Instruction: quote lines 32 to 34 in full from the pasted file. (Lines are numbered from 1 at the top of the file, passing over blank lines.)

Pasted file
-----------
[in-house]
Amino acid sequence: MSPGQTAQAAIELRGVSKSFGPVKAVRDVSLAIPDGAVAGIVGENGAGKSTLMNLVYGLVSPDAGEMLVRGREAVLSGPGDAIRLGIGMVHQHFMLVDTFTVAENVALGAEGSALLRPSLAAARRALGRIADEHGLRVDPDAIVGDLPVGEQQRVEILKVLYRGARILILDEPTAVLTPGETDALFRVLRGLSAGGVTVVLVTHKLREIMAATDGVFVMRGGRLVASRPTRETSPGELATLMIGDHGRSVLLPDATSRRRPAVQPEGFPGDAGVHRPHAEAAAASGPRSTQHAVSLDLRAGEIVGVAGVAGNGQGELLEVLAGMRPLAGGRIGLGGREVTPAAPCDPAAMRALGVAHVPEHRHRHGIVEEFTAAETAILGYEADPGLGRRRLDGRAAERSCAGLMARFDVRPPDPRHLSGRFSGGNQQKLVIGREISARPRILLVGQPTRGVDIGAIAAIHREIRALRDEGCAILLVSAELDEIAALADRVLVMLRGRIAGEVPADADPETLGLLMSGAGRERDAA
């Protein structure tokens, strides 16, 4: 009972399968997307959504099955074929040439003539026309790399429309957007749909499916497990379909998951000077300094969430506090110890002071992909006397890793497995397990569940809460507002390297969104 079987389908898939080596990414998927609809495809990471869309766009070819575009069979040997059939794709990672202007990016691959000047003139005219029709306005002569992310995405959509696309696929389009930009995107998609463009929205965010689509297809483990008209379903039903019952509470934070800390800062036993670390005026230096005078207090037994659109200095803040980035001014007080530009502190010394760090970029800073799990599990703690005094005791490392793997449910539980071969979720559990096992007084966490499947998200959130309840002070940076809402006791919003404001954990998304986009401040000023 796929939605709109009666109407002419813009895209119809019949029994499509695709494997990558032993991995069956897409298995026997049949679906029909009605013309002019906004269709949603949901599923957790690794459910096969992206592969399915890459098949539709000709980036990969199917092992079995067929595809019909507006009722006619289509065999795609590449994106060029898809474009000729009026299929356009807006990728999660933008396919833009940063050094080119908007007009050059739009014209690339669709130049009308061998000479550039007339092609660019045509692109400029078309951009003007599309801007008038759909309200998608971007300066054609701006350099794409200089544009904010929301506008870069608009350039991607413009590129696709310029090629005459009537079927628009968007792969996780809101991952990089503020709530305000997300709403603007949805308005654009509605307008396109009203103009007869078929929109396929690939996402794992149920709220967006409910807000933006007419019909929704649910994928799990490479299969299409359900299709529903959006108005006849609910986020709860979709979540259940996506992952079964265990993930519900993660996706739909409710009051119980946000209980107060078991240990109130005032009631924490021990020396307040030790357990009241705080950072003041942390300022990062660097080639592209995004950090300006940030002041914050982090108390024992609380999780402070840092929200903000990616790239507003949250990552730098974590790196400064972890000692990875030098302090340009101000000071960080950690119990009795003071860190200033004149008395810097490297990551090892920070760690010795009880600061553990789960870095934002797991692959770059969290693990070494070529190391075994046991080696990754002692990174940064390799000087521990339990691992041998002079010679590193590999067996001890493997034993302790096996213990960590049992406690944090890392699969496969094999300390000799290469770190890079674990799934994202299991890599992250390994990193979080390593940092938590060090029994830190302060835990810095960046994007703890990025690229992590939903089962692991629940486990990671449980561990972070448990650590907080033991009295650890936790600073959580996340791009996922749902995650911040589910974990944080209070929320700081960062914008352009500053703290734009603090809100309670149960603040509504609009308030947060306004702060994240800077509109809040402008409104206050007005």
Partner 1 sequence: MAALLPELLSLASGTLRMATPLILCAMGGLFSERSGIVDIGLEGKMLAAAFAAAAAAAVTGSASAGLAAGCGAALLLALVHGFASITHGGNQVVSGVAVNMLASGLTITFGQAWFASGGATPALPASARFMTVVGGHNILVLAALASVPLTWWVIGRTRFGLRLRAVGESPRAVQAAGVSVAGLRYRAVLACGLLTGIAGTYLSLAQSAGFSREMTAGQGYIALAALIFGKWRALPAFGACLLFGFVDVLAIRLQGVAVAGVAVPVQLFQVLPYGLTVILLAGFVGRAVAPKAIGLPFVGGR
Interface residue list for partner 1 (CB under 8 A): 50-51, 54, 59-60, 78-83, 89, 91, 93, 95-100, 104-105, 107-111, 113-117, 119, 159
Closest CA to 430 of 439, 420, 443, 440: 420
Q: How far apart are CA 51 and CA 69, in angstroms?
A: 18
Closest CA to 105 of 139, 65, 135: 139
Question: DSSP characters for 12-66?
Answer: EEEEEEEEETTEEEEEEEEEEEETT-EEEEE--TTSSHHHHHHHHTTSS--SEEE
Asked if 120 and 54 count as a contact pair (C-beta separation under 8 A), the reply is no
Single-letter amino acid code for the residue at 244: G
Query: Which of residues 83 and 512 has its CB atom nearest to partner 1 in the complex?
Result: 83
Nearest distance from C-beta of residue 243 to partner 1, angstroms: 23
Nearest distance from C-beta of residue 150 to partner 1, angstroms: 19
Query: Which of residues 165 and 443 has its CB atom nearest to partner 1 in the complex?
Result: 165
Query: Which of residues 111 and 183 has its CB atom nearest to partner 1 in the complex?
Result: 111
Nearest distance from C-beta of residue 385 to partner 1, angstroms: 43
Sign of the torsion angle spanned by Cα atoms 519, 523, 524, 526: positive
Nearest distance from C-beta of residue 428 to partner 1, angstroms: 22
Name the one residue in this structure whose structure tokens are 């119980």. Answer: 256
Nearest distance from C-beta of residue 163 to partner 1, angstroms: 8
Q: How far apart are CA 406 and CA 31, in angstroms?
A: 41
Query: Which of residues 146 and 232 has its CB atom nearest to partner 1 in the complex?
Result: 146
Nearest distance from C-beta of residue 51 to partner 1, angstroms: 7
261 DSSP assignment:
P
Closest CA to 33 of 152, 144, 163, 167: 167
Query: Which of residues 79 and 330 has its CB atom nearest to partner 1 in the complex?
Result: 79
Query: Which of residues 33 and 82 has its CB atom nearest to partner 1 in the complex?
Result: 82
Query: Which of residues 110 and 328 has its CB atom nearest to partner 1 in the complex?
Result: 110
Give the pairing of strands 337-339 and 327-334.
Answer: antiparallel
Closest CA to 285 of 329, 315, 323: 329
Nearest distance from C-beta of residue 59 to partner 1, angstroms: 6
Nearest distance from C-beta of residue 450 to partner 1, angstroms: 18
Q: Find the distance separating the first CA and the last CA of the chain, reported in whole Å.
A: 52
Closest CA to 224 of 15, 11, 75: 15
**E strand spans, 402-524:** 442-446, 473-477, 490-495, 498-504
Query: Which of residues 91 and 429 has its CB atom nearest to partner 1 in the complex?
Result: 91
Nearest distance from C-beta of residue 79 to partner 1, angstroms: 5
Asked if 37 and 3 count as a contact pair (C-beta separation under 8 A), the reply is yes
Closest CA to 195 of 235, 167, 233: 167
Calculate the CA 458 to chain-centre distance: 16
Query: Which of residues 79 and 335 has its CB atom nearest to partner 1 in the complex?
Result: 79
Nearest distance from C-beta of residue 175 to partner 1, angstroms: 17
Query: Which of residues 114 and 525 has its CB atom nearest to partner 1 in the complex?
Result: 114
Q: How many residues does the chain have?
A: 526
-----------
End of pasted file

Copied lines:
261 DSSP assignment:
P
Closest CA to 33 of 152, 144, 163, 167: 167